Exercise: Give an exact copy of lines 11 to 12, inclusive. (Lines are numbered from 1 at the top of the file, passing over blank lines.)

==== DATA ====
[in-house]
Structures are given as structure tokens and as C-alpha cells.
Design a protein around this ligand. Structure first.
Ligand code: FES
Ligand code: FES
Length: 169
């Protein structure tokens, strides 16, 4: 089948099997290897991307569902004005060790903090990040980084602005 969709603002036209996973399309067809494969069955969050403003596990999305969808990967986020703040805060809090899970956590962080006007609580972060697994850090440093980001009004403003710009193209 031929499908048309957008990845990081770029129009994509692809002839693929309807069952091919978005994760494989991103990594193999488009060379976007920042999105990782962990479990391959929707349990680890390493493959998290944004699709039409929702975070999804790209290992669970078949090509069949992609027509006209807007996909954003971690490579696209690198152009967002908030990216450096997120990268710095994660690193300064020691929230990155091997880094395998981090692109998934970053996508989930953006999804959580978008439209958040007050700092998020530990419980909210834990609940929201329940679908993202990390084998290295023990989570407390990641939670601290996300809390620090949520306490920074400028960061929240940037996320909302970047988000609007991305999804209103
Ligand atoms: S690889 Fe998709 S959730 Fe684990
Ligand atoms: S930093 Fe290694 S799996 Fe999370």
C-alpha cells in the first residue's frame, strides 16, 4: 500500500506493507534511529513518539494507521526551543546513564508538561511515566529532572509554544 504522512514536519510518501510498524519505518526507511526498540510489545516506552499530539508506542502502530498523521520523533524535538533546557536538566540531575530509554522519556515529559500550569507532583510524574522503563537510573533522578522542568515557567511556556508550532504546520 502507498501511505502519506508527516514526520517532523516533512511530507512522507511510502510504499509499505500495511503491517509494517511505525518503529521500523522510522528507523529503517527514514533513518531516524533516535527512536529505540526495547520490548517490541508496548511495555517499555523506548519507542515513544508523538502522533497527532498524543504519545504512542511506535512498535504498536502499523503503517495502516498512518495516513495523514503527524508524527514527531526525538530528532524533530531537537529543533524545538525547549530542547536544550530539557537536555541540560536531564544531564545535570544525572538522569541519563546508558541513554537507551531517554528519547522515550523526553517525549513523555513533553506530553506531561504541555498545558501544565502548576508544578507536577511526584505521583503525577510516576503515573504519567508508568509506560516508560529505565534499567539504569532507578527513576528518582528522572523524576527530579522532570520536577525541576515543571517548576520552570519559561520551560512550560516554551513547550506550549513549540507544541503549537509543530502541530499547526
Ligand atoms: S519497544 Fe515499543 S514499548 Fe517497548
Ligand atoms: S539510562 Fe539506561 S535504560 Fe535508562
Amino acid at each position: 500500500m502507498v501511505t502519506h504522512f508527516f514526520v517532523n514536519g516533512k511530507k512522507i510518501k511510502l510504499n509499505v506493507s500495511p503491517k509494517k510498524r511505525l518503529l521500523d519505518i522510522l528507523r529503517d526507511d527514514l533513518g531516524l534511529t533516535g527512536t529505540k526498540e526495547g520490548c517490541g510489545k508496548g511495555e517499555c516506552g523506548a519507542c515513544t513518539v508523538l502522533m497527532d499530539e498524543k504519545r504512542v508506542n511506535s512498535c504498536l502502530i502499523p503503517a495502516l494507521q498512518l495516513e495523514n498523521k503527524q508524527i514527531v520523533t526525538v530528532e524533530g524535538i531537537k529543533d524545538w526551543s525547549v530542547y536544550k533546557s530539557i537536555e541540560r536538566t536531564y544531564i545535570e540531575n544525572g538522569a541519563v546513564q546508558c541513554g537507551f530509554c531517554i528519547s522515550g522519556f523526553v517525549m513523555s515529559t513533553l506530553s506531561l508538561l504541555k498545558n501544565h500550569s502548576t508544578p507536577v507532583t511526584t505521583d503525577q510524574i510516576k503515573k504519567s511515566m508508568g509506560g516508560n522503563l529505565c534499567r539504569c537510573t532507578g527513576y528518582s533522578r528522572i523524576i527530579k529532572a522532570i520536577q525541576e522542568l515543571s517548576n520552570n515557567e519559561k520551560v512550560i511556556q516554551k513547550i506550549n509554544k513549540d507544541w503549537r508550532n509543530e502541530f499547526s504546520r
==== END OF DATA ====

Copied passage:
Ligand atoms: S519497544 Fe515499543 S514499548 Fe517497548
Ligand atoms: S539510562 Fe539506561 S535504560 Fe535508562